D.B. Cooper May Finally Be Unmasked
To New York Magazine’s Geoffrey Gray’s credit, he never out and out says that Kenneth Christiansen, who died of cancer in 1994, was the notorious hijacker immortalized in many a song and story. But it’s pretty clear from this very interesting piece that he sides with the conclusion drawn by Manhattan PI Skipp Porteous after a chance email by Christiansen’s brother Lyle got him investigating retroactively. A few years ago, U.S. News & World Report fanned the flames when it named Duane Weber as a likely candidate, since rebuffed when his DNA and fingerprints didn’t match those recovered from the hijacking.
And until comparisons are made between the recovered forensic evidence and a fingerprint or DNA sample from Christiansen, I’m holding back on absolute belief here. (I’m surprised no real mention of this, even that it might be in the works, is in the NYMag piece, but that’s probably because it might be a way to get things rolling on that front.) Though the reaction of flight attendant Florence Schaffner to photos Gray showed her of Christiansen circa 1971 is mighty intriguing:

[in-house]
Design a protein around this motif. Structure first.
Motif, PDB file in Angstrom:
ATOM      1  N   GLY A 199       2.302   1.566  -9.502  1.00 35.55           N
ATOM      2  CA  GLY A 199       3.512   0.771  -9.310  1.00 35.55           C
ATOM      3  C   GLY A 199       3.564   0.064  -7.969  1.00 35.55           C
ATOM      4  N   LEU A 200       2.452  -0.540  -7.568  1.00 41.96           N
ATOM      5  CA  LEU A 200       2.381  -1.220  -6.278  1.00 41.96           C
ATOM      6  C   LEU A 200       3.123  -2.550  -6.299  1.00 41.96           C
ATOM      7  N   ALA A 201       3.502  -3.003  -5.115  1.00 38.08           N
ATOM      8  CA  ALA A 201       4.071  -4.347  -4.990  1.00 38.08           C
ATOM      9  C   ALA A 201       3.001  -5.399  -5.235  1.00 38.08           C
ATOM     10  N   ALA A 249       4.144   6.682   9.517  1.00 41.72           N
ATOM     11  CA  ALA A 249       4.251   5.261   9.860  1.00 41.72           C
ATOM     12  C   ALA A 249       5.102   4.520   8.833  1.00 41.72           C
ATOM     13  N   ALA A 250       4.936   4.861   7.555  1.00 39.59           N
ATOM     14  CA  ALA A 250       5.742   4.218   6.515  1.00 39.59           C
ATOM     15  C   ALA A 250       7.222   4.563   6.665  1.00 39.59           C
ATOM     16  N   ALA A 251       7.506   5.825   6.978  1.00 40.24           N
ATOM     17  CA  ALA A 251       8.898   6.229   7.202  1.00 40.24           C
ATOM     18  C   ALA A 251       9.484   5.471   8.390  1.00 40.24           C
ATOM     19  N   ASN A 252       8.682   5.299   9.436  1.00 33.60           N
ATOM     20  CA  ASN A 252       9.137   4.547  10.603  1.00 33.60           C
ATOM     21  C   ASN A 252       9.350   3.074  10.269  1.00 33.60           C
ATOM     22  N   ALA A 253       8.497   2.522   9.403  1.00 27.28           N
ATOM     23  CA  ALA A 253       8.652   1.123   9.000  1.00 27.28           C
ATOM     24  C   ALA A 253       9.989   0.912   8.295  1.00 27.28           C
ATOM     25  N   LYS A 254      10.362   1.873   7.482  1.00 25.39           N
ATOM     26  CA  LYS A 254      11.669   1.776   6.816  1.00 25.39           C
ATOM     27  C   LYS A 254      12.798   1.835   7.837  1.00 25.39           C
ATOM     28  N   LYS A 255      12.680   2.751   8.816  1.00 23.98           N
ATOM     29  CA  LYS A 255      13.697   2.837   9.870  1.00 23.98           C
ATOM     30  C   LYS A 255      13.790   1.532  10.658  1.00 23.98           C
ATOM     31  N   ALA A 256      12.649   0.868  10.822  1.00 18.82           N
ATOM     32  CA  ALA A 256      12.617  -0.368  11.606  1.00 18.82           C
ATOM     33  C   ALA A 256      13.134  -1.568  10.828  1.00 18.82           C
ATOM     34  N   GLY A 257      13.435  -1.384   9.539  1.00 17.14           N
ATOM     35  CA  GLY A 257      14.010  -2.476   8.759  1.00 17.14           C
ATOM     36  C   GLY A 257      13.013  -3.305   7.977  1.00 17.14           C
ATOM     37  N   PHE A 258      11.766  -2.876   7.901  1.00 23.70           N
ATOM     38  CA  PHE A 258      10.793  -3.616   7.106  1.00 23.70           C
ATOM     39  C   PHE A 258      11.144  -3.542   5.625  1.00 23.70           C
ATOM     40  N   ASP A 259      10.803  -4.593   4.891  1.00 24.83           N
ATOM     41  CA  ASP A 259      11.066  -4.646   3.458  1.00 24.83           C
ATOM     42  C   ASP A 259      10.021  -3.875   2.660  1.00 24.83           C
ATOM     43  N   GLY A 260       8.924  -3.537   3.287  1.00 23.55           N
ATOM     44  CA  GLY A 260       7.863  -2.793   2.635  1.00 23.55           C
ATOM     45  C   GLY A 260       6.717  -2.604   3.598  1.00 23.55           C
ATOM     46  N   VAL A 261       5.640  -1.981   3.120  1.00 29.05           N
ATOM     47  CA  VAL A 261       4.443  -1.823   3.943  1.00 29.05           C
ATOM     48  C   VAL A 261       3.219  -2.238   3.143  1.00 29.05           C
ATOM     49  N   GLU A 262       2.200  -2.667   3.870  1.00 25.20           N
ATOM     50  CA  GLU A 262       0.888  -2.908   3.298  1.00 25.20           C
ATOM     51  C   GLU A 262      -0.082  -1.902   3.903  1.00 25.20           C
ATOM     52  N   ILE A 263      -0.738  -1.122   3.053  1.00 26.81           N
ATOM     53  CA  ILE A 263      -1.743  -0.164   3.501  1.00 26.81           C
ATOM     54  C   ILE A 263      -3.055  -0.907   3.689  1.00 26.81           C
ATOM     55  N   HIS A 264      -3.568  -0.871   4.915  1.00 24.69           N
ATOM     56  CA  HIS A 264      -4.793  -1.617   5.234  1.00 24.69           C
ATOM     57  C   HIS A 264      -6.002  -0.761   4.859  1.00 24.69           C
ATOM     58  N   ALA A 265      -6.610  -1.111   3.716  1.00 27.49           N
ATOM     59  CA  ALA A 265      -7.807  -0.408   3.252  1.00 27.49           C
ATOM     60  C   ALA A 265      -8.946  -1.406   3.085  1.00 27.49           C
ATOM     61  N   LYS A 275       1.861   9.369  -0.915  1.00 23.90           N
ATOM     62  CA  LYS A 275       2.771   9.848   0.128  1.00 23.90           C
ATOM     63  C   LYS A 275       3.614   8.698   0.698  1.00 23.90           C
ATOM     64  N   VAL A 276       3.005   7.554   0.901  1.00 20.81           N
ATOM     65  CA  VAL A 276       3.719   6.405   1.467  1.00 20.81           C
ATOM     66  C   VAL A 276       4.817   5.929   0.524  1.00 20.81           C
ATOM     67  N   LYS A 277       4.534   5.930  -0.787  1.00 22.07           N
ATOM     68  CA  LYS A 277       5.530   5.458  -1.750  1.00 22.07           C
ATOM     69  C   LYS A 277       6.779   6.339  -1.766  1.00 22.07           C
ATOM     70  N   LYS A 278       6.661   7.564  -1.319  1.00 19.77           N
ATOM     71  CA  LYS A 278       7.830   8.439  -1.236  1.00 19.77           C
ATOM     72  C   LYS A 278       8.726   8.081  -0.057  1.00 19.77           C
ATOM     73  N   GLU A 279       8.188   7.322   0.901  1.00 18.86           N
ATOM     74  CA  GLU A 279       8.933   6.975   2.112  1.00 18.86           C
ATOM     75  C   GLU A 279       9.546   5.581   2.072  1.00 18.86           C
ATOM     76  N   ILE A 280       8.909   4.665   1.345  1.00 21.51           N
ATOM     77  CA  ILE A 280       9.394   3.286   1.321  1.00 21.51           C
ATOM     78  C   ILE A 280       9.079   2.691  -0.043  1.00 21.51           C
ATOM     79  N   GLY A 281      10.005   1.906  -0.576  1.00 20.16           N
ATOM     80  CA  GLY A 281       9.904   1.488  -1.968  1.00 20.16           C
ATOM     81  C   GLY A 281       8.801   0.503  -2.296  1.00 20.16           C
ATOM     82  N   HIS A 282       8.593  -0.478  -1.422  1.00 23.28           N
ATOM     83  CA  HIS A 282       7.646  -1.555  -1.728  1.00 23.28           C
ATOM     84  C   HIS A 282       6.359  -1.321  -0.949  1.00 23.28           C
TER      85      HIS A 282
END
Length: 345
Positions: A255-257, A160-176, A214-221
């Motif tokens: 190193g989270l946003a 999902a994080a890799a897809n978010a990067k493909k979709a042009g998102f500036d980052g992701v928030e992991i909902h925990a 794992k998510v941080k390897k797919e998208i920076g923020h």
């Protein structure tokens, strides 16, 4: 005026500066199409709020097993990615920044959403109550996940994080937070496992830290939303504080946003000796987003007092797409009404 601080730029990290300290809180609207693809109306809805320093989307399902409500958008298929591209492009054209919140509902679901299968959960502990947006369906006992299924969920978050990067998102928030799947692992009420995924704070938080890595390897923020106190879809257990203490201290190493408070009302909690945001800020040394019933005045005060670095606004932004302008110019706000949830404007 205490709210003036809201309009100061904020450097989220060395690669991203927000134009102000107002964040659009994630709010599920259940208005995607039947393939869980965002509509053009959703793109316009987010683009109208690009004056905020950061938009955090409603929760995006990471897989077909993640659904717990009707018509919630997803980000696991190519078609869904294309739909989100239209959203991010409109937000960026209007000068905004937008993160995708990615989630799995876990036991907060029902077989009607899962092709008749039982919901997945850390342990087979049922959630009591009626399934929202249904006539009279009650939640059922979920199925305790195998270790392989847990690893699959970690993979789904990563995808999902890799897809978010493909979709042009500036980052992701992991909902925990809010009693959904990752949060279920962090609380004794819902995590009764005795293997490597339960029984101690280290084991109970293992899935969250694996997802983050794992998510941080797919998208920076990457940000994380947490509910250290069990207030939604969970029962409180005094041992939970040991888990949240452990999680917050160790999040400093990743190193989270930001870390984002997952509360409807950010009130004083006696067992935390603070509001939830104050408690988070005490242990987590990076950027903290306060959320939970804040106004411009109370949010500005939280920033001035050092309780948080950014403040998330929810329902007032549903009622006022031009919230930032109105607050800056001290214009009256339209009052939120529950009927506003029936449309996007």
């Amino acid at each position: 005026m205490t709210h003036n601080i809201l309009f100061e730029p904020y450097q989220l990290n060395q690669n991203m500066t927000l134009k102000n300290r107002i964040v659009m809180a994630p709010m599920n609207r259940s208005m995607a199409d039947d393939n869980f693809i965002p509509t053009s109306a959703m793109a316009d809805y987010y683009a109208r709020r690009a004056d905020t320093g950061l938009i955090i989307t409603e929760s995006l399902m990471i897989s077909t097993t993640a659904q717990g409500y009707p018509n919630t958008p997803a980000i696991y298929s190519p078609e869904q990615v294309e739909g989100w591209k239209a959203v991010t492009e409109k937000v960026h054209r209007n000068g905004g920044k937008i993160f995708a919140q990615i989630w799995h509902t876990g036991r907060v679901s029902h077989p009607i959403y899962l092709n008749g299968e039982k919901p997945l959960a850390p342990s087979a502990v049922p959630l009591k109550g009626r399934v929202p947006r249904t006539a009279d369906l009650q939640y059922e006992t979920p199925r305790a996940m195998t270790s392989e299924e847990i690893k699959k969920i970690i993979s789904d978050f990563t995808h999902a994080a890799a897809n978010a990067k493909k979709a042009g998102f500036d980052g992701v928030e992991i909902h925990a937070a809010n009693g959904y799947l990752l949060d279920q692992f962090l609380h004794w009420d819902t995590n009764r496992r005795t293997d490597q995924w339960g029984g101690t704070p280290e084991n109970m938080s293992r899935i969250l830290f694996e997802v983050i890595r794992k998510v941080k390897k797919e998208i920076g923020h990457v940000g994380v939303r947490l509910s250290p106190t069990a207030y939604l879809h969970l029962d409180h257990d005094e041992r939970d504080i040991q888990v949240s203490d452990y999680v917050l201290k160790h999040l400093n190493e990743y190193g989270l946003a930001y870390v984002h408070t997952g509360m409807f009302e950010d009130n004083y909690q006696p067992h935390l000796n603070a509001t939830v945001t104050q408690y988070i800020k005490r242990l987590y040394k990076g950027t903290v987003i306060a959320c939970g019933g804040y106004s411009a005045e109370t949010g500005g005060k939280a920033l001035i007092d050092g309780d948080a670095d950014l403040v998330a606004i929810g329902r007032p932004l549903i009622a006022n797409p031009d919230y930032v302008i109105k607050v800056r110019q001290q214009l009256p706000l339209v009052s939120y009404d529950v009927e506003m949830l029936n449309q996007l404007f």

She zeroed in on the passport photo all blown up. She rubbed his
features on the page. “The ears, the ears are right.” She moved to the
lips. “Yes, thin lips. And the top lip, kind of like this, yes.” Then
the forehead. “A wide forehead, yes.” Then the hair. “Receding, yes,
the two areas—yes, yes—sort of like this.” She was pushing down on the
photo hard now, rubbing the image like a charcoal drawing. “There was
more hair, though.” The eyes. “About like that.” The eyebrows. “Yeah,
about like that.” The images were closer in resemblance to Cooper than
any of the suspects she’s ever seen, she said. But? “But I can’t say
‘Yay.’” We got up from the table. “I think you might be onto something
here,” she said.
That is most certainly the case.